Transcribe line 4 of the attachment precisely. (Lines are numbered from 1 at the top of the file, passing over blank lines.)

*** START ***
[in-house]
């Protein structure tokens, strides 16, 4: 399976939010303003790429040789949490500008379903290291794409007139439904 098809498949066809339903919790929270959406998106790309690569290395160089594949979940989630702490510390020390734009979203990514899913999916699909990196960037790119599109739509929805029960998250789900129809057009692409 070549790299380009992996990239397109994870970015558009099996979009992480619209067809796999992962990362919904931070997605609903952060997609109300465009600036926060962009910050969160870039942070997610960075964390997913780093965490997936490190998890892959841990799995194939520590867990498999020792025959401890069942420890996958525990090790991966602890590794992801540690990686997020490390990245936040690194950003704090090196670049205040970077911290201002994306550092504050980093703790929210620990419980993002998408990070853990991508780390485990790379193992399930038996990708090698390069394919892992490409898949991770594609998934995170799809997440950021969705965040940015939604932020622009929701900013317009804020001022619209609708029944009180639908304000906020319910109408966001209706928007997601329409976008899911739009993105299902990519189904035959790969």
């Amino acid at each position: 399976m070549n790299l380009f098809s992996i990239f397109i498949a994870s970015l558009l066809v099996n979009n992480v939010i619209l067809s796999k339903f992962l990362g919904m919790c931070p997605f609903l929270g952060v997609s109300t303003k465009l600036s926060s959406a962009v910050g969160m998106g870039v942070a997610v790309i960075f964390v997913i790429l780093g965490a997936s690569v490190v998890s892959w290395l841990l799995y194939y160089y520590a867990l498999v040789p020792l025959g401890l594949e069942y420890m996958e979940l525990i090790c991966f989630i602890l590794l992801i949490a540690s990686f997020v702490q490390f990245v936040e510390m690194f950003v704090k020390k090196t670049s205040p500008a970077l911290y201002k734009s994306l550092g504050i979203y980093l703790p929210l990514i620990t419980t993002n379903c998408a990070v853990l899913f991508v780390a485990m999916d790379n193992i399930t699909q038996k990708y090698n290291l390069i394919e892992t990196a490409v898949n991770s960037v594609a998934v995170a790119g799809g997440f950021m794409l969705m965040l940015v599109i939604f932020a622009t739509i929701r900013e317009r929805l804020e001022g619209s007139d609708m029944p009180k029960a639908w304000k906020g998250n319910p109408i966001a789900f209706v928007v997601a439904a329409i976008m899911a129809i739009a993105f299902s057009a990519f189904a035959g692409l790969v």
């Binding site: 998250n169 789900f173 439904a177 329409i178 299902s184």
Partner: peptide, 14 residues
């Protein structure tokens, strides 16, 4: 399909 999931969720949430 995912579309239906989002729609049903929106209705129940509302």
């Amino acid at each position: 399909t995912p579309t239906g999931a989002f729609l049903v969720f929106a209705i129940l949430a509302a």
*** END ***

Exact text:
């Binding site: 998250n169 789900f173 439904a177 329409i178 299902s184």